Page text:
St Saviour's Cathedral, designed by Edmund Thomas Blacket, was completed in 1884 with the tower being added in 1988 to commemorate the Bicentenary of Australia. Though completed in 1884, some earlier burials are in the graveyard adjacent to the Cathedral. St Saviour's is the seat of the Bishop of Canberra and Goulburn. The Church of SS Peter and Paul is the former cathedral for the Roman Catholic Archdiocese of Canberra and Goulburn.
The Goulburn Viaduct was built in 1915 replacing an earlier structure. This brick arch railway viaduct spanning the Mulwaree Ponds is the longest on the Main Southern railway line and consists of 13 arches each spanning 13.1 m (43 ft).
In 1962, Goulburn was the focus of the fight for state aid to non-government schools. An education strike was called in response to a demand for installation of three extra toilets at a local Catholic primary school, St Brigid's. The local Catholic archdiocese closed down all local Catholic primary schools and sent the children to the government schools. The Catholic authorities declared that they had no money to install the extra toilets. Nearly 1,000 children turned up to be enrolled locally and the state schools were unable to accommodate them. The strike lasted only a week but generated national debate. In 1963 the prime minister, Robert Menzies, made state aid for science blocks part of his party's platform.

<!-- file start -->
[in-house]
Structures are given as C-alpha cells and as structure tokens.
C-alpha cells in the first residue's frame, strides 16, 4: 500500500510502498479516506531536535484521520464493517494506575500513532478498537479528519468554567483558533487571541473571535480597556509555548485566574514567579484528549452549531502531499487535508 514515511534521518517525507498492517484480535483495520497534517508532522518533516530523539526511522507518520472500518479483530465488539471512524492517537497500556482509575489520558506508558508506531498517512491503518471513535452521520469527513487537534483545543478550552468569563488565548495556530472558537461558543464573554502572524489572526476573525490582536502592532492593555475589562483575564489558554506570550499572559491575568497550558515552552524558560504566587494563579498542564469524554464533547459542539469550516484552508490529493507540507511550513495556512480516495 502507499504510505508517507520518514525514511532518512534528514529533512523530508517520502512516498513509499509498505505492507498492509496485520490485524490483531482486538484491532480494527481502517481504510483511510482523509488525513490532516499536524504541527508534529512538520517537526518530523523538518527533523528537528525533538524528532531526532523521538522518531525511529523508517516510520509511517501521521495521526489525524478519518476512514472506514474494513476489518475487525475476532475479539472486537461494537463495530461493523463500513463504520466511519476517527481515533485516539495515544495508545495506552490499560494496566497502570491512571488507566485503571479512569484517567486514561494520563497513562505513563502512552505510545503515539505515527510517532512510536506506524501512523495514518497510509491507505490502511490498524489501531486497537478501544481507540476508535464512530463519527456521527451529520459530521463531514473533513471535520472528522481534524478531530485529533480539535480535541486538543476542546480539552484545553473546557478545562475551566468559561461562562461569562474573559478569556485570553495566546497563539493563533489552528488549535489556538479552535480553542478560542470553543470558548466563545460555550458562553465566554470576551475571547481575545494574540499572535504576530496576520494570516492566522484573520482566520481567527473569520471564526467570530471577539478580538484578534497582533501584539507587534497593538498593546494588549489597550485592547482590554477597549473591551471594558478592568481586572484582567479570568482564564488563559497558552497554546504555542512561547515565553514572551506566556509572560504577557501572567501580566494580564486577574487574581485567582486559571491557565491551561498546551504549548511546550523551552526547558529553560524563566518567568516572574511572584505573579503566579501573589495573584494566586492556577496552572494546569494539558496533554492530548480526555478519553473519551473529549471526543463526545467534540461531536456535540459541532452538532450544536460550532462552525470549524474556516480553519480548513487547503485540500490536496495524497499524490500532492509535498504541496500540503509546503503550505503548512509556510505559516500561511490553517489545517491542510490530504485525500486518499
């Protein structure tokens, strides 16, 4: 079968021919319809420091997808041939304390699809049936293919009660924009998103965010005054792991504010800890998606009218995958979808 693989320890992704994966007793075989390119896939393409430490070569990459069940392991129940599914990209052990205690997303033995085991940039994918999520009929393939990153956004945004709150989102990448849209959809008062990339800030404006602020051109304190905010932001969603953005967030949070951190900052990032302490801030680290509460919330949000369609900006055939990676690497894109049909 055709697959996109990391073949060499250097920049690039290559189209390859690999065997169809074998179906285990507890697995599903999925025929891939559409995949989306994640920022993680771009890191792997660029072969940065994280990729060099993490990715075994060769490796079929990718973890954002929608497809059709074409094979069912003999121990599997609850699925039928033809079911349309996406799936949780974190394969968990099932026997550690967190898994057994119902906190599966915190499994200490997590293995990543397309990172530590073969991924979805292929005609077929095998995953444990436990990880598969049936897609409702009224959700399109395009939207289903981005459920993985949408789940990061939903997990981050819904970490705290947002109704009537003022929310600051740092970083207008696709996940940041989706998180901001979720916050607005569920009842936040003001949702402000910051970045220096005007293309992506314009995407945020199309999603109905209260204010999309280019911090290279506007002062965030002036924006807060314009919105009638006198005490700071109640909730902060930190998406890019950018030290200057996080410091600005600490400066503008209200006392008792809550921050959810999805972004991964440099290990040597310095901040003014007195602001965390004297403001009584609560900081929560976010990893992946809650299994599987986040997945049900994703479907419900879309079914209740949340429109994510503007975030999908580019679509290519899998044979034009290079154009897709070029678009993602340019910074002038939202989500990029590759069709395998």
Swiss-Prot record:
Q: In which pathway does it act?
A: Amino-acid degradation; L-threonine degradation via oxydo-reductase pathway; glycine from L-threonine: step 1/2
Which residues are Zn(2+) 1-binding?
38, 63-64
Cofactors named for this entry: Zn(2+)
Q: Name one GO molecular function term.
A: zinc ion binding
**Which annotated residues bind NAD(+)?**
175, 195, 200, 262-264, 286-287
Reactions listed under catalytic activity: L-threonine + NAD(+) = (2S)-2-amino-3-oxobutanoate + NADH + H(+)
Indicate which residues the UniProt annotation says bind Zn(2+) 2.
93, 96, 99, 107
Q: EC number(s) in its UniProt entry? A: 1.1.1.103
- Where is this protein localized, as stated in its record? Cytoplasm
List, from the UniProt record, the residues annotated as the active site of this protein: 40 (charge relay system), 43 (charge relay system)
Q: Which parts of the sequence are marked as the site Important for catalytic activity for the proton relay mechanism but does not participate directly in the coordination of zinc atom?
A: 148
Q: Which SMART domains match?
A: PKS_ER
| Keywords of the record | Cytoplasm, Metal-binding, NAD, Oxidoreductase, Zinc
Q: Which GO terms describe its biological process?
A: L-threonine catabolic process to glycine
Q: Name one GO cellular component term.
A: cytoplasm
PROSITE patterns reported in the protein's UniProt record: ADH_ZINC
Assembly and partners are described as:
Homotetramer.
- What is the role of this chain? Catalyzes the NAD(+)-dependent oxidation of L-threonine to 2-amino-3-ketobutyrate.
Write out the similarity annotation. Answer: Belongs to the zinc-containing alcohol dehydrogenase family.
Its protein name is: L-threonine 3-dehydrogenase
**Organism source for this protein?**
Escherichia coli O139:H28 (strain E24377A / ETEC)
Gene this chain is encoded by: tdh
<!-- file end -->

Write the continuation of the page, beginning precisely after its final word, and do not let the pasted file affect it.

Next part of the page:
Goulburn has a number of heritage-listed sites, including:
According to the 2016 census of Population, there were 22,890 people in Goulburn.
Goulburn is located a small distance east of the peak ridge of the Great Dividing Range and is 690 metres (2,264 ft) above sea-level. It is intersected by the Wollondilly River and the Mulwaree River, and the confluence of these two rivers is also located here. The Wollondilly then flows north east, into Lake Burragorang (Warragamba Dam) and eventually into the Tasman Sea via the Hawkesbury River.